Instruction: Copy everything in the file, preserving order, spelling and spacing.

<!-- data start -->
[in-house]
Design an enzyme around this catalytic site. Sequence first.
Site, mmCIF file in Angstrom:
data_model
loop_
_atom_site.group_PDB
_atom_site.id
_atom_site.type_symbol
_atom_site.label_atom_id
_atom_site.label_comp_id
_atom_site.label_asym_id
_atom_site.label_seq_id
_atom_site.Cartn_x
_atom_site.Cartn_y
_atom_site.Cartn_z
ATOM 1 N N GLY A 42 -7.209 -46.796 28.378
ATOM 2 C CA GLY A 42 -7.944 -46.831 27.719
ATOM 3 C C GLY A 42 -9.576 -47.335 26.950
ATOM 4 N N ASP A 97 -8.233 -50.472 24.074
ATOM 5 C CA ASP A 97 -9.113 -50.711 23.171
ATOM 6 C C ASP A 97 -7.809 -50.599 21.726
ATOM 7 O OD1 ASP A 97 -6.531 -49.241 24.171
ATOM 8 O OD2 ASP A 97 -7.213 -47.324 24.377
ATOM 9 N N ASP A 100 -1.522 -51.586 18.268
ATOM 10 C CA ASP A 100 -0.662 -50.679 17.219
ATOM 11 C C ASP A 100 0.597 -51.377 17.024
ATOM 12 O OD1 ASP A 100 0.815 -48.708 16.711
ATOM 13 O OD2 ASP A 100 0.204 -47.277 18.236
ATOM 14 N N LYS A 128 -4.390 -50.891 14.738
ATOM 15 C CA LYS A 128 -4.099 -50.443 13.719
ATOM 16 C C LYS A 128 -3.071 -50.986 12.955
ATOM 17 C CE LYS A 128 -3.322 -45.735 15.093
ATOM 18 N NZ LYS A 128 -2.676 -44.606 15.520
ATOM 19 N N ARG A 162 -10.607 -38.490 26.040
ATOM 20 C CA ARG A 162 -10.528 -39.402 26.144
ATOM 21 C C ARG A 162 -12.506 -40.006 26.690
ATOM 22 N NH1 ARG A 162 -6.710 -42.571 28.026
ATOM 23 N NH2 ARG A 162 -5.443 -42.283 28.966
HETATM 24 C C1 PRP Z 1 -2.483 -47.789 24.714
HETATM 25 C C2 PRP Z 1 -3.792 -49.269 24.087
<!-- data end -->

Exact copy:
[in-house]
Design an enzyme around this catalytic site. Sequence first.
Site, mmCIF file in Angstrom:
data_model
loop_
_atom_site.group_PDB
_atom_site.id
_atom_site.type_symbol
_atom_site.label_atom_id
_atom_site.label_comp_id
_atom_site.label_asym_id
_atom_site.label_seq_id
_atom_site.Cartn_x
_atom_site.Cartn_y
_atom_site.Cartn_z
ATOM 1 N N GLY A 42 -7.209 -46.796 28.378
ATOM 2 C CA GLY A 42 -7.944 -46.831 27.719
ATOM 3 C C GLY A 42 -9.576 -47.335 26.950
ATOM 4 N N ASP A 97 -8.233 -50.472 24.074
ATOM 5 C CA ASP A 97 -9.113 -50.711 23.171
ATOM 6 C C ASP A 97 -7.809 -50.599 21.726
ATOM 7 O OD1 ASP A 97 -6.531 -49.241 24.171
ATOM 8 O OD2 ASP A 97 -7.213 -47.324 24.377
ATOM 9 N N ASP A 100 -1.522 -51.586 18.268
ATOM 10 C CA ASP A 100 -0.662 -50.679 17.219
ATOM 11 C C ASP A 100 0.597 -51.377 17.024
ATOM 12 O OD1 ASP A 100 0.815 -48.708 16.711
ATOM 13 O OD2 ASP A 100 0.204 -47.277 18.236
ATOM 14 N N LYS A 128 -4.390 -50.891 14.738
ATOM 15 C CA LYS A 128 -4.099 -50.443 13.719
ATOM 16 C C LYS A 128 -3.071 -50.986 12.955
ATOM 17 C CE LYS A 128 -3.322 -45.735 15.093
ATOM 18 N NZ LYS A 128 -2.676 -44.606 15.520
ATOM 19 N N ARG A 162 -10.607 -38.490 26.040
ATOM 20 C CA ARG A 162 -10.528 -39.402 26.144
ATOM 21 C C ARG A 162 -12.506 -40.006 26.690
ATOM 22 N NH1 ARG A 162 -6.710 -42.571 28.026
ATOM 23 N NH2 ARG A 162 -5.443 -42.283 28.966
HETATM 24 C C1 PRP Z 1 -2.483 -47.789 24.714
HETATM 25 C C2 PRP Z 1 -3.792 -49.269 24.087